The online portal can be found by visiting ncleg.gov/Redistricting.

Following each U.S. Census, the North Carolina General Assembly is tasked with redrawing the state’s congressional districts to reflect population changes. Census 2020 data released in April show North Carolina’s population growth has resulted in an additional Congressional district. The number of seats each state is granted in Congress also determines the number of electoral votes each state gets during a national election. States receive an electoral vote for each of its two senators and then one additional vote for each representative.

On average, each representative in the U.S. House represents more than 700,000 Americans. In North Carolina, 2020 Census data estimates that nearly 747,000 North Carolinians are represented in each congressional district.

North Carolina is no stranger to legal battles related to redistricting. In May 2017, the U.S. Supreme Court took up the state’s appeal of a U.S. District Court’s ruling that struck down two of the state’s congressional district maps as racial gerrymandering, ultimately ruling to uphold the district court’s finding that districts 1 and 12 constituted racial gerrymandering. Racial gerrymandering is a violation of the Equal Protection Clause of the Fourteenth Amendment and provisions of the federal Voting Rights Act.

Sen. Carl Ford, a Republican that represents Rowan and Stanly counties, and Rep. Harry Warren, another Republican representing Rowan County, are member of their respective chambers’ redistricting committees.

Gov. Cooper signs legislation limiting shackling of pregnant women while incarcerated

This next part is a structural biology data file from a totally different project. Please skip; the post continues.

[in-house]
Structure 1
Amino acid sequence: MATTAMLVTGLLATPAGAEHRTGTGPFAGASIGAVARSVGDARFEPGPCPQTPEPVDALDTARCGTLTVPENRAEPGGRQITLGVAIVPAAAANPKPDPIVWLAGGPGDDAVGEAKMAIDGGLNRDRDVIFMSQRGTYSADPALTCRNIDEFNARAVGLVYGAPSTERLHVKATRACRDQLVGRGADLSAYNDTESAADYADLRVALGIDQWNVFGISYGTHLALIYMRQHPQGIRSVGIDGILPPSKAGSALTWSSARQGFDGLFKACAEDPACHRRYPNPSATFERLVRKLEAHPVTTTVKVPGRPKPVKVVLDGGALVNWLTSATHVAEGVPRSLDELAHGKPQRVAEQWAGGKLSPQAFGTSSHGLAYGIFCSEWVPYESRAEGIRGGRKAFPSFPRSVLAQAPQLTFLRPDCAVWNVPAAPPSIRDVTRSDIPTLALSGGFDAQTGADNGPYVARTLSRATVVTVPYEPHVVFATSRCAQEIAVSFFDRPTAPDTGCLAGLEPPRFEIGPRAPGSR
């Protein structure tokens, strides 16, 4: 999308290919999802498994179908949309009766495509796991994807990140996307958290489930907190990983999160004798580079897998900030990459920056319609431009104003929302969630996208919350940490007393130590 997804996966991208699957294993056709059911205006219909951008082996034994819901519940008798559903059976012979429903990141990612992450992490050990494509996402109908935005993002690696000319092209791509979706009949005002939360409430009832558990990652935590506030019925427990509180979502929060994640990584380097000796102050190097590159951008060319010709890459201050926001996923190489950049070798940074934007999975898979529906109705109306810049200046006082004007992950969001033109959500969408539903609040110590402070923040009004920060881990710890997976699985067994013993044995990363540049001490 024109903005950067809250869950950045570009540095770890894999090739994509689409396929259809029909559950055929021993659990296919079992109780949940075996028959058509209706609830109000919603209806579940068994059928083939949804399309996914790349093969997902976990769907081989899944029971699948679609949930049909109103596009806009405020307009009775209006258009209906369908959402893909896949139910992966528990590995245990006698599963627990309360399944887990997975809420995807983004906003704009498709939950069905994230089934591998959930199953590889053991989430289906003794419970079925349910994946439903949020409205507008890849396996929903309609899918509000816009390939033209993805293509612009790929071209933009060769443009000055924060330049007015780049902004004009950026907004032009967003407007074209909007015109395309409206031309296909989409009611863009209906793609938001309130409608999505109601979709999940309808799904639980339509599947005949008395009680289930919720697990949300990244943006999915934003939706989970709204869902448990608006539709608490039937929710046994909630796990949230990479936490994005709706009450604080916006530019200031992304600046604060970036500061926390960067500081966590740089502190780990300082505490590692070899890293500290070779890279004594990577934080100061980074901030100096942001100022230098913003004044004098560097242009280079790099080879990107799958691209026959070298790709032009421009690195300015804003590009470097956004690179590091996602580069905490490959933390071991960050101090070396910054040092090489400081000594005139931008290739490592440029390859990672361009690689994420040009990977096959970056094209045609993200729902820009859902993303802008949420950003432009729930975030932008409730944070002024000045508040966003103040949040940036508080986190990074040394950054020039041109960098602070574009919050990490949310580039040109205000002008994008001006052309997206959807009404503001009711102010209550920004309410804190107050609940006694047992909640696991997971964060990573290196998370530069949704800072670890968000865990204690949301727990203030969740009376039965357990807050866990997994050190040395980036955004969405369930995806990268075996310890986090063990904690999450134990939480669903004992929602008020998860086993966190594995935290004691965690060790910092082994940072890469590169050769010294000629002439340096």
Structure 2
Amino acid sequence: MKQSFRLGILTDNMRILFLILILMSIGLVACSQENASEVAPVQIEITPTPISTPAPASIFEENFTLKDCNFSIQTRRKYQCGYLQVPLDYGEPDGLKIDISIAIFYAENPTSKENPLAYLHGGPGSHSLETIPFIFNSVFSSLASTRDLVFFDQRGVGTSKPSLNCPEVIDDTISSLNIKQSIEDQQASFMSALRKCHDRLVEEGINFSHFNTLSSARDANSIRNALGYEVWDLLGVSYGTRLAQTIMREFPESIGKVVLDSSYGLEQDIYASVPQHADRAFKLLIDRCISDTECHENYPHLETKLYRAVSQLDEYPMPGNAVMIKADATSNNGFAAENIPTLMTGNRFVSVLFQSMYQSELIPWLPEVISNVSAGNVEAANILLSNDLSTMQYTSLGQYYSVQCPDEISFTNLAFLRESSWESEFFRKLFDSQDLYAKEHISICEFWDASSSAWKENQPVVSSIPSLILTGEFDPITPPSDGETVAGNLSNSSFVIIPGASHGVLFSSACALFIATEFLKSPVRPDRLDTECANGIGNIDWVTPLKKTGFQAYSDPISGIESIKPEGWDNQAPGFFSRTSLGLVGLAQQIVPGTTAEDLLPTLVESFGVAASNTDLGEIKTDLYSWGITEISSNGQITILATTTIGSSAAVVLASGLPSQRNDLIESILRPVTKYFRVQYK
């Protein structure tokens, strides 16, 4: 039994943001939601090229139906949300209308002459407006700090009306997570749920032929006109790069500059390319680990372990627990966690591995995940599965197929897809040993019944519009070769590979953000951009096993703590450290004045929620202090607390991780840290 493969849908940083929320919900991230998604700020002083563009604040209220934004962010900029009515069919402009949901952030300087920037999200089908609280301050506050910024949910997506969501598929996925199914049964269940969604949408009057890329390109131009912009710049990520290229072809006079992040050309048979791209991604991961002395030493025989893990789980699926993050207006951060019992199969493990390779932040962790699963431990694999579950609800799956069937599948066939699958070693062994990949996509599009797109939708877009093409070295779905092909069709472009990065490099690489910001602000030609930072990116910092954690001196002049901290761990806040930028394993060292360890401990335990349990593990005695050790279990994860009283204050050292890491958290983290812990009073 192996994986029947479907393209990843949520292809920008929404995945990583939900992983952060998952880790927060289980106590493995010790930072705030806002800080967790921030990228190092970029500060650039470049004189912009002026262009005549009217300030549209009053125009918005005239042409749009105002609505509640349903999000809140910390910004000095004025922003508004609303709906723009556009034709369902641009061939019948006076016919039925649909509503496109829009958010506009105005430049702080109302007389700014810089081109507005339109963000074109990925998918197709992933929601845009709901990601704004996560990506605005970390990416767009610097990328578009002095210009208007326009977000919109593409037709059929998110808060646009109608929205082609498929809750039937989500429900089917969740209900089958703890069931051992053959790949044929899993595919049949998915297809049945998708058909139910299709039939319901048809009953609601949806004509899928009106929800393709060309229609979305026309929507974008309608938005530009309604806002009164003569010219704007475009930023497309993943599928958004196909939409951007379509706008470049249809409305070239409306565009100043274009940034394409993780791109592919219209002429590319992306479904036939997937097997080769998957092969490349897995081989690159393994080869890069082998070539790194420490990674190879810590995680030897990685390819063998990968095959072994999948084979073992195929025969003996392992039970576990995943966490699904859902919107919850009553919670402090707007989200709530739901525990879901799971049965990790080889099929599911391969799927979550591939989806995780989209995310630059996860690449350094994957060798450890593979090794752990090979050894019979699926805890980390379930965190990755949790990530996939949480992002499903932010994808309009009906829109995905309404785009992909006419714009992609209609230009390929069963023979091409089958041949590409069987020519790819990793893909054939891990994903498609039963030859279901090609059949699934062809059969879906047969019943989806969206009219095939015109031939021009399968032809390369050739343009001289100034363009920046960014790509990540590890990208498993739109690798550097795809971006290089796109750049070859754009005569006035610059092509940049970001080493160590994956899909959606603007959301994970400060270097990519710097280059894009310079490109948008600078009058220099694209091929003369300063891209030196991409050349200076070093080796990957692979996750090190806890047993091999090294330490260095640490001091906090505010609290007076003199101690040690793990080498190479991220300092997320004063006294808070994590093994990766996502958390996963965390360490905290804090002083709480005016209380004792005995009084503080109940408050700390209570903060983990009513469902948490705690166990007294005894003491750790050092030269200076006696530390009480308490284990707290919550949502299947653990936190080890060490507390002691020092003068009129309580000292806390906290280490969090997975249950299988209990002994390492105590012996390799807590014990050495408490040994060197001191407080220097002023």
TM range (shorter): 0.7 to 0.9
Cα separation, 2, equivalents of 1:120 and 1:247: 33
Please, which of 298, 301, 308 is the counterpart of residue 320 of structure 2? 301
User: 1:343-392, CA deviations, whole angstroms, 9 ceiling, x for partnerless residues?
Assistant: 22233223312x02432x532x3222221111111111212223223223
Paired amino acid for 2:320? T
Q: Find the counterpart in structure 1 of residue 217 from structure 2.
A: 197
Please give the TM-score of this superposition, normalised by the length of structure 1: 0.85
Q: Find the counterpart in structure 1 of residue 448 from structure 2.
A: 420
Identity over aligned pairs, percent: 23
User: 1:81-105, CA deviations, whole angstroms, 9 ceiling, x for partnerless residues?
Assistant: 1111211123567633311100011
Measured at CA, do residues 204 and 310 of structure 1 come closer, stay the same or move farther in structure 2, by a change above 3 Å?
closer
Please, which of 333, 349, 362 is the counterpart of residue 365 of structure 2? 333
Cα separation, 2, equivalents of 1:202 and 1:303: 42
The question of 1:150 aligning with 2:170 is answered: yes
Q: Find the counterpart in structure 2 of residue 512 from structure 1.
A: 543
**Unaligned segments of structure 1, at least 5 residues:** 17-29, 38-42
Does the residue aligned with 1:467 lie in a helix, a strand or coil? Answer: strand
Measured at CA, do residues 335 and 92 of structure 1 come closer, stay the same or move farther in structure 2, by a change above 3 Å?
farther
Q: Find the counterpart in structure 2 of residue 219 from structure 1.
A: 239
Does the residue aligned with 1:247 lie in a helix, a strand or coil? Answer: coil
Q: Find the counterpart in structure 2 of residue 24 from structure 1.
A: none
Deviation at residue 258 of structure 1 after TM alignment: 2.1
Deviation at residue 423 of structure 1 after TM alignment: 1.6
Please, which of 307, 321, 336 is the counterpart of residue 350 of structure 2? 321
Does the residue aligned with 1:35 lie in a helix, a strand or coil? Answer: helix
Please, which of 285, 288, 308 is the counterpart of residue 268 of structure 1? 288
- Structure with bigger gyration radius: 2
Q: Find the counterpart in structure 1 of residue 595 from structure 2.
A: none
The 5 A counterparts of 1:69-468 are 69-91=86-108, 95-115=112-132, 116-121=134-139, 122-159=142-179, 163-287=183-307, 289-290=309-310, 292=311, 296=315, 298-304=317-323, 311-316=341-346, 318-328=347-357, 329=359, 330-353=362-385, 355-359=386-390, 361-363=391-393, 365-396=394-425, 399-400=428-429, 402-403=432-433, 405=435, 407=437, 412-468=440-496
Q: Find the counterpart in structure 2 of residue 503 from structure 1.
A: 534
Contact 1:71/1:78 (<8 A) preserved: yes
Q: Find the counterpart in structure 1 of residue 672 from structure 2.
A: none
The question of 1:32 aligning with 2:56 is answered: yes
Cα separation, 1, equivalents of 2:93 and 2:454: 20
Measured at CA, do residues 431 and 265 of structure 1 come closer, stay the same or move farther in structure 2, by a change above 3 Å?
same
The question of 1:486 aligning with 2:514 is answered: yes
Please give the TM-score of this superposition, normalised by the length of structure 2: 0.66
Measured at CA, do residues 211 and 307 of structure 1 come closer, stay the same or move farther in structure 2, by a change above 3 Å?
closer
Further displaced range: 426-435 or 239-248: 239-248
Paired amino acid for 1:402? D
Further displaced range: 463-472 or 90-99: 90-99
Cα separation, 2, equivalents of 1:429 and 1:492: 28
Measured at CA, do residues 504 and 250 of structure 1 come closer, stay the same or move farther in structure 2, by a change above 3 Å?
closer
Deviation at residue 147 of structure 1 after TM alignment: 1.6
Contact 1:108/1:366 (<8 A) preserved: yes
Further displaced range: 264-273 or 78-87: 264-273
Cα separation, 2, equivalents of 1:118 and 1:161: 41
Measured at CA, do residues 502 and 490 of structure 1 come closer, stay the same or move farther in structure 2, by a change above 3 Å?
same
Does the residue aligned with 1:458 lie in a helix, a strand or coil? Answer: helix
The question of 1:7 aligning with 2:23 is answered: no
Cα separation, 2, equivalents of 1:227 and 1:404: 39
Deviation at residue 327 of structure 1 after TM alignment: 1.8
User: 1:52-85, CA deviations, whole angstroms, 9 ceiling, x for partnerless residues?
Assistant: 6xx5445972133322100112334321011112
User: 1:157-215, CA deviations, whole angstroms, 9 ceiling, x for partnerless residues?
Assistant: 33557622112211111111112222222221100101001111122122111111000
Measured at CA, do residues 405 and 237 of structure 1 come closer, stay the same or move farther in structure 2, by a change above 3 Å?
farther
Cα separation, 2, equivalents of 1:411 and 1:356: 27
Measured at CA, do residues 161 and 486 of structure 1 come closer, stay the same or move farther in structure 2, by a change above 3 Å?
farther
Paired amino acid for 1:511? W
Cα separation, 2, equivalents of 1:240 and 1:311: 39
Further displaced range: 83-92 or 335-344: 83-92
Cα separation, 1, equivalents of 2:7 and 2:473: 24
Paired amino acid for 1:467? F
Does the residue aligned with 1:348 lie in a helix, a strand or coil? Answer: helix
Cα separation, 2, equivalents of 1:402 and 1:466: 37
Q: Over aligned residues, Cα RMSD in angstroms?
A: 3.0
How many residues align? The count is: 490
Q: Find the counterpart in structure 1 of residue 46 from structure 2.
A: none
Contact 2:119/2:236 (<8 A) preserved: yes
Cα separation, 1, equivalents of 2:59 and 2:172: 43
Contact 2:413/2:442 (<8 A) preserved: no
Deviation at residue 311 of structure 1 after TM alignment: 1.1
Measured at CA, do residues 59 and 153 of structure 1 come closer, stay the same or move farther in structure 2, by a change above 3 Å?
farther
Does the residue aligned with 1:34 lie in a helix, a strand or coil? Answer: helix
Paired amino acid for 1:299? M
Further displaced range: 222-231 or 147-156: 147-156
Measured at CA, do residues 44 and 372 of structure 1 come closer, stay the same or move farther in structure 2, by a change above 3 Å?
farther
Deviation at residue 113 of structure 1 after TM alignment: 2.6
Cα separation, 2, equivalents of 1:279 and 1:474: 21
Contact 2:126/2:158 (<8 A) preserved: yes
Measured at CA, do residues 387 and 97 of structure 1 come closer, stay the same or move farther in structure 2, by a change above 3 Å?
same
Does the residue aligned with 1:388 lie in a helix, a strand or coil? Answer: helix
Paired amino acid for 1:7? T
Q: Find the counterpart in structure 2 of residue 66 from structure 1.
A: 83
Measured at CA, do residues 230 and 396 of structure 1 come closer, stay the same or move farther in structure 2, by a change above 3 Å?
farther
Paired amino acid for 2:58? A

RALEIGH — Last week, Gov. Roy Cooper signed into law the “Dignity for Women Who Are Incarcerated Act,” which provides additional protections for people who are pregnant while incarcerated in North Carolina.

House Bill 608 limits the shackling of pregnant women from the second trimester of pregnancy until six weeks post-partum and also ensures infants have proper medical and parental care before and after birth. It also includes provisions for pregnancy-specific nutritional requirements, allowing maternal-infant bonding, limited body cavity searches and access to menstrual products.

The bill was primarily sponsored by a bipartisan group of legislators, including Reps. Kristin Baker (R-Cabarrus County), Ashton Wheeler Clemmons (D-Guilford County), Donna McDowell White (R-Johnston County) and Kyle Hall, a Republican representing Rockingham, Stokes and Surry counties. At least 70 other state lawmakers signed on to sponsor the bill, which passed both the House and Senate unanimously.

North Carolina joins 34 other states that restrict the shackling of pregnant people, including Kentucky, Virginia, Texas, West Virginia, Georgia, South Carolina and Louisiana.

About Natalie Anderson

Natalie Anderson covers the city of Salisbury, politics and more for the Salisbury Post. She joined the staff in January 2020 after graduating from Louisiana State University, where she was editor of The Reveille newspaper. Email her at natalie.anderson@salisburypost.com or call her at 704-797-4246.